Of those appointees working with interim clearances, 47 of them are in positions that report directly to President Donald Trump. About a quarter of all political appointees in the executive office are working with some form of interim security clearance.
White House officials said Wednesday they would not comment, as is their policy, on the nature of security clearances. CNN also reported on the clearances earlier Wednesday evening. It is unclear whether some employees have had their clearance levels changed since mid-November.
The documents also show that 10 months into Trump’s administration, at least 85 political appointees in the White House, vice president’s office and National Security Council were working without permanent security clearances. About 50 appointees were operating with interim security clearances while serving in offices closely linked to the West Wing, such as the National Economic Council, the Office of Management and Budget, the U.S. Trade Representative and the White House executive residence.
White House officials who are listed as not having permanent security clearances as recently as this past November include Ivanka Trump, the president’s daughter and senior adviser; Jared Kushner, the president’s son-in-law and senior adviser; Dan Scavino, the president’s director of social media; and Christopher Liddell, assistant to the president for strategic initiatives, according to the documents.
All four are listed as operating with interim clearances only for information classified as “top secret” and “TS/SCI,” which is shorthand for “top secret, sensitive compartmented information.”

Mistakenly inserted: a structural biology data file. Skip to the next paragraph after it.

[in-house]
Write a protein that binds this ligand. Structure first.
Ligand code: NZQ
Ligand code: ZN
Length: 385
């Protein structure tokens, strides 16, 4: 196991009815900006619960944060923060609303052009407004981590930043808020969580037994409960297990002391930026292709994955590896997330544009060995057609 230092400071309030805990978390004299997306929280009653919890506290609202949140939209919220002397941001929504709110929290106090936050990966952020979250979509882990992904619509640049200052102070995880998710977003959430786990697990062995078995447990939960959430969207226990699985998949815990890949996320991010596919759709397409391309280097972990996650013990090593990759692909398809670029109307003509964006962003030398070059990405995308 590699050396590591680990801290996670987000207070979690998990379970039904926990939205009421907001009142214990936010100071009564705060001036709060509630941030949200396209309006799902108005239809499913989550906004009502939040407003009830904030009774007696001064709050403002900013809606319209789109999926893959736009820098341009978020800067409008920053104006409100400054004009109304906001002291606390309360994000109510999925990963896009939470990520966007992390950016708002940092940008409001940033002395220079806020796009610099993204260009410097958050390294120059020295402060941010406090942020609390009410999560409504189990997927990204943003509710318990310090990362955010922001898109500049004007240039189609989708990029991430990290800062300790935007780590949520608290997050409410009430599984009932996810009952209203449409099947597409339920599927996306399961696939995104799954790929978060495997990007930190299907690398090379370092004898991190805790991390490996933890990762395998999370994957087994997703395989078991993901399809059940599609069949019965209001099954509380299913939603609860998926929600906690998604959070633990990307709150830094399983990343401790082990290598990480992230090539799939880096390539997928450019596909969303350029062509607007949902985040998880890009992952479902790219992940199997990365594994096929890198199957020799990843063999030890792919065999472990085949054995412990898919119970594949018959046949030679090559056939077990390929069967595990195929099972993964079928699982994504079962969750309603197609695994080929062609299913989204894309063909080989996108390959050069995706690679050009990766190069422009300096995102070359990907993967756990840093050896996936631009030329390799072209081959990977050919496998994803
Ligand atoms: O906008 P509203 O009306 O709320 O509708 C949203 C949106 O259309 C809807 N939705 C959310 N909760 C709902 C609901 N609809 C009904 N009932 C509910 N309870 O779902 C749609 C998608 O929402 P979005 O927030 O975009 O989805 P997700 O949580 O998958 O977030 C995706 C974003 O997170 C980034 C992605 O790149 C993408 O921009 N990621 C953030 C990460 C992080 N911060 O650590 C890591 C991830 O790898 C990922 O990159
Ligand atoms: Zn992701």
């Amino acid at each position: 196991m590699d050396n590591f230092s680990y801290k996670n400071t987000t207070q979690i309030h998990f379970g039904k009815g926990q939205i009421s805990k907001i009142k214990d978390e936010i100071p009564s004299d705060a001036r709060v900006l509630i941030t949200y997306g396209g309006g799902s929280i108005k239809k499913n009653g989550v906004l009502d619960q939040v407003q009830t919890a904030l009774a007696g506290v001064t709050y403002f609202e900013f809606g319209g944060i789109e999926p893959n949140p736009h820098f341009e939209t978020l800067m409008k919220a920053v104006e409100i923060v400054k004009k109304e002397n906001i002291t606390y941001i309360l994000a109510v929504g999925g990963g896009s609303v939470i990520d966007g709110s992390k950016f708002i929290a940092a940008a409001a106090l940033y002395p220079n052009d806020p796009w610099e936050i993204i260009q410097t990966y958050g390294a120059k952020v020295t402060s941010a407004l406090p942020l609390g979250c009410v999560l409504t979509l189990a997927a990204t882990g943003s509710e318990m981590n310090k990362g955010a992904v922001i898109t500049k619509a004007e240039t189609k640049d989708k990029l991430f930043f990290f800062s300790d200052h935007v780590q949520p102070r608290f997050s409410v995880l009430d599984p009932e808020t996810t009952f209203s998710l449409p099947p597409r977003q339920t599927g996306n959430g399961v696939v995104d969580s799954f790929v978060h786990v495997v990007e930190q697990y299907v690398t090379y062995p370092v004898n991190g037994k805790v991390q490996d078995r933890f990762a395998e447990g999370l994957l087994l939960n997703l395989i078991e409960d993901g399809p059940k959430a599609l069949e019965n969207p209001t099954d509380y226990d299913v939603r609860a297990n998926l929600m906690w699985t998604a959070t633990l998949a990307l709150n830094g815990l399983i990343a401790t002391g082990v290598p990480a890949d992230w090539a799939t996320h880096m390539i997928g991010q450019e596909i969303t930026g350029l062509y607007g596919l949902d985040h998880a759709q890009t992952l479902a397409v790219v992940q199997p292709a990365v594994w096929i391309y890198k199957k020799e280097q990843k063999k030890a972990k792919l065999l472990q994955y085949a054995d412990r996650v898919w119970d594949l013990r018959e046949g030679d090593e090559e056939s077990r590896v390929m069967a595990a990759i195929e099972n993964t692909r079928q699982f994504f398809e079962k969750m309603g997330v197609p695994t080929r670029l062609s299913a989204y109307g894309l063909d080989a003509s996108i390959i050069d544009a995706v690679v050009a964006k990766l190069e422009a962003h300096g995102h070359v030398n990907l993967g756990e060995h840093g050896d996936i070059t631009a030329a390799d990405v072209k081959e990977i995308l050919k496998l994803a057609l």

A total of 34 people who started their government service on Jan. 20, 2017, the first day of the Trump presidency, were still on interim clearances in November.
Among them are White House counsel Don McGahn, White House press secretary Sarah Huckabee Sanders and White House deputy press secretary Raj Shah, who had only interim clearances to access the most sensitive government information, according to the documents. Each of them had obtained permanent clearances to access top-secret materials, a lower clearance that would prevent access to information, for example, in the president’s daily intelligence brief.
On the National Security Council, 10 of 24 officials listed in the documents — about 42 percent — had only interim security clearances as of November. Those officials listed as working without any permanent security clearances include Dina Powell, a deputy national security adviser for strategy who left her post in January. Her replacement, Nadia Schadlow, joined the Trump White House in March 2017 and was still on an interim clearance in mid-November.
Other prominent NSC members operating on interim clearances include Fiona Hill, the NSC’s senior director for European and Russian affairs; Kevin Harrington, the NSC’s senior director for strategic planning; John Rader, special assistant to the president for national security affairs; and Joshua Steinman, the NSC’s senior director for international cybersecurity.
Legal experts said the lack of a permanent security clearance does not mean there is something problematic in an individual’s background.
Dan Coats, the Director of National Intelligence, said during congressional testimony earlier this week that he would recommend minimal access to classified documents to anyone without a permanent security clearance.
“But if you do that, it has to be a specific interim with controlled access and limited access, and that has to be clear right from the beginning,” Coats said. “You can’t just say an interim allows me to do anything.”
The levels of clearance listed in the documents for the political appointees varied from secret to top secret to SCI.